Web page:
The View From Here: Mahboob’s Afghanistan

The View From Here: Mahboob’s Afghanistan

STORY AND PHOTOS BY MAHBOOB FAIZI

In the newest installment in our roving View From Here series, Mahboob Faizi takes us to a quiet spot near Kabul, Afghanistan. With this article, we’re excited to add a new language in our Sans Frontières series of articles published in multiple languages. Mahboob has written for us in both English and Dari, which is the version of Persian spoken in Afghanistan.

Xela: A Place Revisited

Xela: A Place Revisited

TEXT BY DONNA FORD
PHOTOS BY SARAH CONNER

Donna Ford lets us come with her to revisit a poignant season in her life that continues to resound nearly two decades later. We’re happy that through the photography of Sarah Conner, who is currently in the Guatemalan community that was so formative for Donna, we’re given extra glimpses into the scenes of this place.

Books Are Like Water: The 24-Hour Bookshop

Books Are Like Water: The 24-Hour Bookshop

STORY BY HEATHER M. SURLS, WITH TRANSLATION HELP BY MARADI AYED ALHAWARI
PHOTOS BY HALA MAHMOUD

Our resident correspondent in Amman has been working on this story for ages. As she ran into road block after road block, we thought we might have a mysterious mini-series on our hands, complete with legends, cracked-open doorways, and classical Arabic to decipher. But our intrepid writer persisted and now brings you a delicious story of the power of a multi-generational love affair with books.

La Luna

La Luna

POEM BY E. AMATO. TRANSLATED TO GERMAN BY ZISKA KILLAT. IMAGE BY JOANNA WINOGRAD.

E. Amato once overheard two people conversing in Spanish on the Tube in London, and the musical quality of their exchange captured her attention. So she listened in, though she is not a Spanish speaker. Among the few recognizable words were “la luna.” And thus, this Spanish moon gave birth to a poem recounting the conversation E. Amato imagined her fellow commuters were having. “La Luna” comes from E. Amato’s chapbook Will Travel and has been translated to German by Ziska Killat.

Contextualizing France's Yellow Vests Protests

Contextualizing France's Yellow Vests Protests

COLLABORATION BY KAMI L. RICE, OLIVIER PEYROUS, AND JC JOHNSON

 Since part of our Culture Keeper team is based in France, it seems appropriate to bring you a Culture Keeper take on one of France’s biggest news stories in the waning weeks of 2018: the Gilets Jaunes (“Yellow Vests” or “Yellow Jackets”) movement that made it into foreign news outlets when the protests turned violent in Paris. We’re not a breaking news outlet by any stretch of the imagination, but we are in the business of offering a bit of cultural context where we can. Which is what we seek to do here as we experiment with a new-to-us storytelling format that we hope to perfect over time.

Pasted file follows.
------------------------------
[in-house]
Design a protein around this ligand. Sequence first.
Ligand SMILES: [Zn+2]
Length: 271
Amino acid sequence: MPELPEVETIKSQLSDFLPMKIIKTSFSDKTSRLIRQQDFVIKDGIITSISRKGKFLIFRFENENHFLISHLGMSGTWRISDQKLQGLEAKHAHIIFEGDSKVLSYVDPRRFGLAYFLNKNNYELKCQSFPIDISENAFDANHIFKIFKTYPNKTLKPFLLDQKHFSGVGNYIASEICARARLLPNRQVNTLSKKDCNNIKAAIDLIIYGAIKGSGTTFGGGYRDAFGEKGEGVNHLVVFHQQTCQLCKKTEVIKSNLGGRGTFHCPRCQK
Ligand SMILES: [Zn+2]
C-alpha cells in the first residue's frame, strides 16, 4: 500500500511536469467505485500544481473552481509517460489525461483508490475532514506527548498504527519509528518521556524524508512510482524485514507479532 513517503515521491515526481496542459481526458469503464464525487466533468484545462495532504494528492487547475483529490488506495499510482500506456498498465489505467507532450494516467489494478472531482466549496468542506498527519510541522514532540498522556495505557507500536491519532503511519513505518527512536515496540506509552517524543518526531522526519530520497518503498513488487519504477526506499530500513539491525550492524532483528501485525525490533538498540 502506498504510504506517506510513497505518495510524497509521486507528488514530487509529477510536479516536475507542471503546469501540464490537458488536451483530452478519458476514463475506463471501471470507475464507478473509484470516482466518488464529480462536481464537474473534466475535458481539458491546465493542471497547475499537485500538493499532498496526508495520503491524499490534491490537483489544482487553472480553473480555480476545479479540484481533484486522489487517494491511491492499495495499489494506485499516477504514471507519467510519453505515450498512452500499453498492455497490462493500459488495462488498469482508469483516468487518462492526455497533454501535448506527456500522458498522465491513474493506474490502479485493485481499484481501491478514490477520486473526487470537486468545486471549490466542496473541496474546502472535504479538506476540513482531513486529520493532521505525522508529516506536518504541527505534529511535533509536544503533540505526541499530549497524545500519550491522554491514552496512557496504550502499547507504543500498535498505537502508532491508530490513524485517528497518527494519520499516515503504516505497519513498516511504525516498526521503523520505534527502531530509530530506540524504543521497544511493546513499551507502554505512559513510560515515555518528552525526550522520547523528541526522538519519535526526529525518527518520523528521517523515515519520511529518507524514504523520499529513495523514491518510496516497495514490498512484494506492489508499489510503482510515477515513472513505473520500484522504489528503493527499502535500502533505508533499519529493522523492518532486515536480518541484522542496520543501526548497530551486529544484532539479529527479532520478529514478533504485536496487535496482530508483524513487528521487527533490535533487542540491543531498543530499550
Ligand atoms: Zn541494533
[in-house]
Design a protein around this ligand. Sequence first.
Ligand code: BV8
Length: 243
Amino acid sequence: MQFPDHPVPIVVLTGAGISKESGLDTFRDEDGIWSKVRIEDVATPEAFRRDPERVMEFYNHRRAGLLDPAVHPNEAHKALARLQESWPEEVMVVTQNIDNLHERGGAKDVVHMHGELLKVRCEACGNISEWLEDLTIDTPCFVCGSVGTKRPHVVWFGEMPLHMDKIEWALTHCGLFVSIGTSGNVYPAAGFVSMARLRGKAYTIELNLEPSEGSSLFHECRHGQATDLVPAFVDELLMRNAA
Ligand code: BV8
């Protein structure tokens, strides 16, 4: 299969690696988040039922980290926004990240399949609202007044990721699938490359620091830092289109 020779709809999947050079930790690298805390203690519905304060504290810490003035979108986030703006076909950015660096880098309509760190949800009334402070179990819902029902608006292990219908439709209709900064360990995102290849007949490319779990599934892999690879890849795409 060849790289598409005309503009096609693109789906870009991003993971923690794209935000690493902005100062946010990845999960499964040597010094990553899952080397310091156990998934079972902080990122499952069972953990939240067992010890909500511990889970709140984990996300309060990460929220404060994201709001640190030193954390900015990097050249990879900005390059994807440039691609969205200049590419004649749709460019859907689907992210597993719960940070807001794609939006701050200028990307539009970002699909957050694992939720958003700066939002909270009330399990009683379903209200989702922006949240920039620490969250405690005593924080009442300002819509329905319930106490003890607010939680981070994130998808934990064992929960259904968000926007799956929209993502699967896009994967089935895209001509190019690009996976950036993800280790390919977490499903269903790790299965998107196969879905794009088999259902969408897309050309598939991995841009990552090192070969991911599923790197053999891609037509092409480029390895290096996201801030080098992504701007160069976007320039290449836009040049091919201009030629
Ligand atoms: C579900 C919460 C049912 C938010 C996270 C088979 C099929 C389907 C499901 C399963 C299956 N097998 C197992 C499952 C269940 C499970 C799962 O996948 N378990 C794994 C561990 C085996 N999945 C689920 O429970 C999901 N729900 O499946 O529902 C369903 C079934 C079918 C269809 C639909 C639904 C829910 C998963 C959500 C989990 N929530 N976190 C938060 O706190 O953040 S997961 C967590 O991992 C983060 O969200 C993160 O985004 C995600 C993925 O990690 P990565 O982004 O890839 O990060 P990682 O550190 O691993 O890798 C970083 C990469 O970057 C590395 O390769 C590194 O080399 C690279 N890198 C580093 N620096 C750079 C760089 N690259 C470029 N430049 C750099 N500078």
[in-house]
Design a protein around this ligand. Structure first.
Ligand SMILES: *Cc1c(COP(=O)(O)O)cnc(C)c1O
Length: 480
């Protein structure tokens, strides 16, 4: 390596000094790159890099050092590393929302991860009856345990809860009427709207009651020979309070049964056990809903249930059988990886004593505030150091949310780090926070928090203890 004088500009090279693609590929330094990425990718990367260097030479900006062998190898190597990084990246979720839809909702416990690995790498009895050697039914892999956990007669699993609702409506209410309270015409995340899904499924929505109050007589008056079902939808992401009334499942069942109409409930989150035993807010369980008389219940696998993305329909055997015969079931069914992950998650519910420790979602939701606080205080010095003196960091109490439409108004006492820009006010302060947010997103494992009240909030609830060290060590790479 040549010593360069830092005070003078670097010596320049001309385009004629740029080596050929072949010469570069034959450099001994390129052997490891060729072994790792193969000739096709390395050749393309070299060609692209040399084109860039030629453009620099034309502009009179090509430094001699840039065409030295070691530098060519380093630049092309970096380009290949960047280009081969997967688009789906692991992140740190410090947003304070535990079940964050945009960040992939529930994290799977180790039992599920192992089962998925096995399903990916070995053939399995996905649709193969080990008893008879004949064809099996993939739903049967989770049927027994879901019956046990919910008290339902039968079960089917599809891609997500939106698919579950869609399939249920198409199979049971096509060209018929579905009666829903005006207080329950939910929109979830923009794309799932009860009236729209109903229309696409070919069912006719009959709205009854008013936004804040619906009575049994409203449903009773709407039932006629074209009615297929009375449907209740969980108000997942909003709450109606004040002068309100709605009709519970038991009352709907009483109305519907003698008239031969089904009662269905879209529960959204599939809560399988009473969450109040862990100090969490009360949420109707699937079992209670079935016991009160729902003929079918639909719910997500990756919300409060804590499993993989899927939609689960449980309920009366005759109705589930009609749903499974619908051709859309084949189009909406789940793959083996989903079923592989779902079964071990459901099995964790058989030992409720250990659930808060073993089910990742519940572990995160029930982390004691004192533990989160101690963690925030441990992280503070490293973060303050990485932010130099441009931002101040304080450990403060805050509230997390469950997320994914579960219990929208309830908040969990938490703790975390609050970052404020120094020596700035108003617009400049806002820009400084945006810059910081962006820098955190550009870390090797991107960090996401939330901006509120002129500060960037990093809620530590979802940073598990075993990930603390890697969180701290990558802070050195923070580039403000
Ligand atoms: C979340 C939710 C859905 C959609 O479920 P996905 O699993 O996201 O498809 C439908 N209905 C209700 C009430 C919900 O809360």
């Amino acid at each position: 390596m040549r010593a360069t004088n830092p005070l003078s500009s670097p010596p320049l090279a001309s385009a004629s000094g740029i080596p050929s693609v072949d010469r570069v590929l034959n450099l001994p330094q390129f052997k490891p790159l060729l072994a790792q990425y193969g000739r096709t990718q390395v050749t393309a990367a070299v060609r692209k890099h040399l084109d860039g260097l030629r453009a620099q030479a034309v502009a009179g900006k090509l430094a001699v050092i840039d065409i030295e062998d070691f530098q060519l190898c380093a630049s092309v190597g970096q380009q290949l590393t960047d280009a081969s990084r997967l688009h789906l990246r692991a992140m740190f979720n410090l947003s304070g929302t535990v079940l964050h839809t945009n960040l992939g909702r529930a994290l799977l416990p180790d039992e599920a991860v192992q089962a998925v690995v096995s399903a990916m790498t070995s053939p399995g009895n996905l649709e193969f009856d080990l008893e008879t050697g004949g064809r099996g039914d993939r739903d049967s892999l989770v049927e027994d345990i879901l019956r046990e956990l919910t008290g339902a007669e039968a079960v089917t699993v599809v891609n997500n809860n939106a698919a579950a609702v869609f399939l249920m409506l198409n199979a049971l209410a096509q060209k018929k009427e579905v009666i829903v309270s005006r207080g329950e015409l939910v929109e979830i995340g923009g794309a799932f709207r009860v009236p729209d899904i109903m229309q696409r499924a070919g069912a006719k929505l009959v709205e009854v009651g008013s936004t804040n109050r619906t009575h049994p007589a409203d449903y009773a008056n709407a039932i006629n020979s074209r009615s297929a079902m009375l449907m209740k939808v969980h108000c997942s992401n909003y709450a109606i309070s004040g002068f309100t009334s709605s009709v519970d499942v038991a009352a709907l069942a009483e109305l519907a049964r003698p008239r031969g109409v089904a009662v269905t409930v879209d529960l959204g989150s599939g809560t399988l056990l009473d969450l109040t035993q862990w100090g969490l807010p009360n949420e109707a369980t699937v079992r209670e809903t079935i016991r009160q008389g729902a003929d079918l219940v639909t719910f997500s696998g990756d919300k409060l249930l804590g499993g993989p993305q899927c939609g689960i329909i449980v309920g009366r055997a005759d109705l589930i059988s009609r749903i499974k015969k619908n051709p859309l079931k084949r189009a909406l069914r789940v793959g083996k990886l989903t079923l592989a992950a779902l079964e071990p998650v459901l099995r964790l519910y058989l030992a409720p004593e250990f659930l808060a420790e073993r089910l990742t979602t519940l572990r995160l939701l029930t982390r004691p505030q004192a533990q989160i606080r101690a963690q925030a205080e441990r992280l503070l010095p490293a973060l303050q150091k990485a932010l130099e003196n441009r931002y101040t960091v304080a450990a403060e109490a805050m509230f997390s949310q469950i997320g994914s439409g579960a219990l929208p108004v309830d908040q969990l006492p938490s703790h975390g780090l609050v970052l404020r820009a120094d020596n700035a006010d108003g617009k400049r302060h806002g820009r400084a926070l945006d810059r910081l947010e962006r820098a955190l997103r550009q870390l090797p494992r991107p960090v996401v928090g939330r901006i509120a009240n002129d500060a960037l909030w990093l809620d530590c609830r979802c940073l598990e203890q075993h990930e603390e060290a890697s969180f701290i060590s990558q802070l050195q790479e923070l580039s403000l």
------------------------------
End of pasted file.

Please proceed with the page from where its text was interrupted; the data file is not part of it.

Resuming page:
Rotterdam’s Solko Schalm and His Art

Rotterdam’s Solko Schalm and His Art

ARTICLE BY MIRTHE SMEETS

ENGLISH TRANSLATION BY SOLKO SCHALM

 Before being translated to English for our Culture Keeper audience, Dutch journalist Mirthe Smeets’s interview with painter Solko Schalm was first published in Vers Beton, a Dutch online magazine focused on engaging the people of Rotterdam in understanding their city as it changes and develops. Rotterdam is the Netherlands’ second largest city and Europe’s largest port. Enjoy this interview with one of its artists!

Sometimes Diplomacy Is Soft and Quiet

Sometimes Diplomacy Is Soft and Quiet

STORY AND PHOTOS BY KAMI L. RICE

This week we’re joining the ranks of media outlets offering longer-read stories, because sometimes we all need a break from the sound-bite version of the world. So lean back, kick off your shoes, and tuck into this reminder of the less flashy ways the world’s countries interact with each other. No need to wait to be appointed as an ambassador, for you already are one.

My Kaleidoscopic Commute

My Kaleidoscopic Commute

STORY BY KORI WINTER

One recent Friday, Kori Winter Hutchinson, an American who has by now lived half her life in southeast London, was so struck by just how beautiful and fascinating her normal commute is that she made note of it. As a result, we all get to step inside this little slice of London life, and with Kori, we find hope there.